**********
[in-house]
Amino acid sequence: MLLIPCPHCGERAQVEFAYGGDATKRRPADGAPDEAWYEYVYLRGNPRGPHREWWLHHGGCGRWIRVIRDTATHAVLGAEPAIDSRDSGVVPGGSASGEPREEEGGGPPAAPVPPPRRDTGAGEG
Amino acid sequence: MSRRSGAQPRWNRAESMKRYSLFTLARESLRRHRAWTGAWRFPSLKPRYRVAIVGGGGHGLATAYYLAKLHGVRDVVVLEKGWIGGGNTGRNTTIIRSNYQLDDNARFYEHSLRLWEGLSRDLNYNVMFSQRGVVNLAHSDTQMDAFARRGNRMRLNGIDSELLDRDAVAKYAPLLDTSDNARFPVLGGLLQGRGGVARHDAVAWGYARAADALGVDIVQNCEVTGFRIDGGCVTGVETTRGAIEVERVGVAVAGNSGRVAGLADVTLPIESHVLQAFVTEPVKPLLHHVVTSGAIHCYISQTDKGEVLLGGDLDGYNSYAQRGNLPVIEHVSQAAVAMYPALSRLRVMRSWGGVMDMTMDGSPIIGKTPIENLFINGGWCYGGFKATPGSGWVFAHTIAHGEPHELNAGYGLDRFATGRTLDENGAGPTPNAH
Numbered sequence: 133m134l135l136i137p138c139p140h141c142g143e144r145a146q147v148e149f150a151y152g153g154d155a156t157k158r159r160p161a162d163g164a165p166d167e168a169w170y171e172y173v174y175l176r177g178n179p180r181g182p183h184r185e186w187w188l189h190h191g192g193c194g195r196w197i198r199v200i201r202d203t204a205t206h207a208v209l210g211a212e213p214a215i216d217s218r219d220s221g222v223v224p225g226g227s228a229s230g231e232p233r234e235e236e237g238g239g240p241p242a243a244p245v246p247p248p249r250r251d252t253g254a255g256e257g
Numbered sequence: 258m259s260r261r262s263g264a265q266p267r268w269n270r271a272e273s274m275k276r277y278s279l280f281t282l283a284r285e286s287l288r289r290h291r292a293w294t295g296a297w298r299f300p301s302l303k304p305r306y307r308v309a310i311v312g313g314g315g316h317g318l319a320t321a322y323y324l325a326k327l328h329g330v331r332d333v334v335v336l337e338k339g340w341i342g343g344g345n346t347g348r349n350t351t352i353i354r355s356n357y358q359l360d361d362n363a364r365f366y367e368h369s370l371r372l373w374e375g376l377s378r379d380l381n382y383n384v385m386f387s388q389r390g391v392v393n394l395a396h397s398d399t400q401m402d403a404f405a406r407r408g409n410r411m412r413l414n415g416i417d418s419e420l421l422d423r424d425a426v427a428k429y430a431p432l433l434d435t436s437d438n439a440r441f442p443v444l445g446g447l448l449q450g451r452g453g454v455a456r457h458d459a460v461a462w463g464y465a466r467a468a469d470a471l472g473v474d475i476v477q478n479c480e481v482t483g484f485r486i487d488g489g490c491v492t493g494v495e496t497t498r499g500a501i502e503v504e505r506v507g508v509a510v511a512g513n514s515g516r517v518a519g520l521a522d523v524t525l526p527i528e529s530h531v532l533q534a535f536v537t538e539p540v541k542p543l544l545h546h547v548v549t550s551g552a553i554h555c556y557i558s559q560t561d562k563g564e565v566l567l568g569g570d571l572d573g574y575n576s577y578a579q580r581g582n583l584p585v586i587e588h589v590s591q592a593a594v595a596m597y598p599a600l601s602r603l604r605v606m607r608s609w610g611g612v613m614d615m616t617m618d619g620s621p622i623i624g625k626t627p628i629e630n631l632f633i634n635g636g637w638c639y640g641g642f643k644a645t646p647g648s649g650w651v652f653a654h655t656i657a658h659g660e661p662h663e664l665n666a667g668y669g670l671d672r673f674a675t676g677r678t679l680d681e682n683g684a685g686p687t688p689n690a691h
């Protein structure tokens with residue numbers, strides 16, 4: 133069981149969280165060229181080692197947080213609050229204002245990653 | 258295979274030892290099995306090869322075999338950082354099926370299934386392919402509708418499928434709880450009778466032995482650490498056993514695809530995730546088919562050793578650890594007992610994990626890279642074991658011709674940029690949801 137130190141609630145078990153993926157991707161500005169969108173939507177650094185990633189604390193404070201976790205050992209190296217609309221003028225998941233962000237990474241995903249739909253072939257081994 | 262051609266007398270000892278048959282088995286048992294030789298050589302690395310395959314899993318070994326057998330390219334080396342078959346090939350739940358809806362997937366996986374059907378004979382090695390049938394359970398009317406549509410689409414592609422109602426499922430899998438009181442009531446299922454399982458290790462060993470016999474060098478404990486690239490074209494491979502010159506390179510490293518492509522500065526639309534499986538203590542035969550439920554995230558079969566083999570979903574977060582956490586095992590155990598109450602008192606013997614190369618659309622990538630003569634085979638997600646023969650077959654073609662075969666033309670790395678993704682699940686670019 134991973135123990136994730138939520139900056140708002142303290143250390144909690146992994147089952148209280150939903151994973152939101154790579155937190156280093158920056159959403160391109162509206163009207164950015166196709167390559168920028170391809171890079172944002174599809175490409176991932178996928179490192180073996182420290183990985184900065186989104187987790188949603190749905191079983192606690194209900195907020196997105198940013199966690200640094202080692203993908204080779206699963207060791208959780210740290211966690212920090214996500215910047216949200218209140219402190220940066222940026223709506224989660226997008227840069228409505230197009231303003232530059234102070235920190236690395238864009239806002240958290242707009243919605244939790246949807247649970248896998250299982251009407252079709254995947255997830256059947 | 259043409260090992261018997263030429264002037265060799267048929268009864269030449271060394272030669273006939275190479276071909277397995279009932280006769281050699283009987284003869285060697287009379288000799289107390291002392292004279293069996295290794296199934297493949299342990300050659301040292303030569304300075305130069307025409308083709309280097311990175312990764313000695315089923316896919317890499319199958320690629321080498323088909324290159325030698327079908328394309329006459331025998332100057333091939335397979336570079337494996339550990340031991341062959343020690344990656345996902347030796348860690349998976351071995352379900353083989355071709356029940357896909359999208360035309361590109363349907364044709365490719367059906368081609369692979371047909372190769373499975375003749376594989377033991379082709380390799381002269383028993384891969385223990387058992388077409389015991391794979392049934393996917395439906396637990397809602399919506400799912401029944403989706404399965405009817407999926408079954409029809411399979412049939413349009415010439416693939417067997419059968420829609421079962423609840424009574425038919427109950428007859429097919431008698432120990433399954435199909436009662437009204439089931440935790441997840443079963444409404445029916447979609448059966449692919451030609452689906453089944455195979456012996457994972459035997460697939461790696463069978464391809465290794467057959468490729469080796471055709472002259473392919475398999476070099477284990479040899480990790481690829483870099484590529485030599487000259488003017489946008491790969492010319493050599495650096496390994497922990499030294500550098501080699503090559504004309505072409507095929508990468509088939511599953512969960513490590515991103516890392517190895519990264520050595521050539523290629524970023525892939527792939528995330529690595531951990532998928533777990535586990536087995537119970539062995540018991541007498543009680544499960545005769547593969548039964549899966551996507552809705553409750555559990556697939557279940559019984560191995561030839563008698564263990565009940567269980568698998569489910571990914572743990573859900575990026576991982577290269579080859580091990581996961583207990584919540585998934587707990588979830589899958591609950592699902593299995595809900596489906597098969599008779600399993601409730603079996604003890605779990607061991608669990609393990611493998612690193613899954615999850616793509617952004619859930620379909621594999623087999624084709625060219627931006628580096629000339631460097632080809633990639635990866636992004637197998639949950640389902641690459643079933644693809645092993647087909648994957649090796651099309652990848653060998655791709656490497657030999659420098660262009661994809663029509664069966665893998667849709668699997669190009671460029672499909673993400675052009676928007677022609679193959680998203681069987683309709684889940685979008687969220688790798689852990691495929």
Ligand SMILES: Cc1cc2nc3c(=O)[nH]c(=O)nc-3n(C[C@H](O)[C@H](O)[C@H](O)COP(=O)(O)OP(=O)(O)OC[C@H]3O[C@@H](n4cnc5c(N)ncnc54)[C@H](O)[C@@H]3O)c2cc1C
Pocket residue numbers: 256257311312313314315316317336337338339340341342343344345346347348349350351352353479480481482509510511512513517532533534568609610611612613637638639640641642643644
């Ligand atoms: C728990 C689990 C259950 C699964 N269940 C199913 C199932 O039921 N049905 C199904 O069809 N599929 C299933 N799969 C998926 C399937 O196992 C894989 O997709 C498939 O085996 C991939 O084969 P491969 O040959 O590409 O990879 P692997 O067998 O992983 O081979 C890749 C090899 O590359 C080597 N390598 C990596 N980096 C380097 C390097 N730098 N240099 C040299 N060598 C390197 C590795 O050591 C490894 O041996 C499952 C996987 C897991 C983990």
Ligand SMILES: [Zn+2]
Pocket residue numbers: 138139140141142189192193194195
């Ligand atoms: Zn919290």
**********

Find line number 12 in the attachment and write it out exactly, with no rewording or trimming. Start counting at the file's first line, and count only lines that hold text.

């Ligand atoms: Zn919290």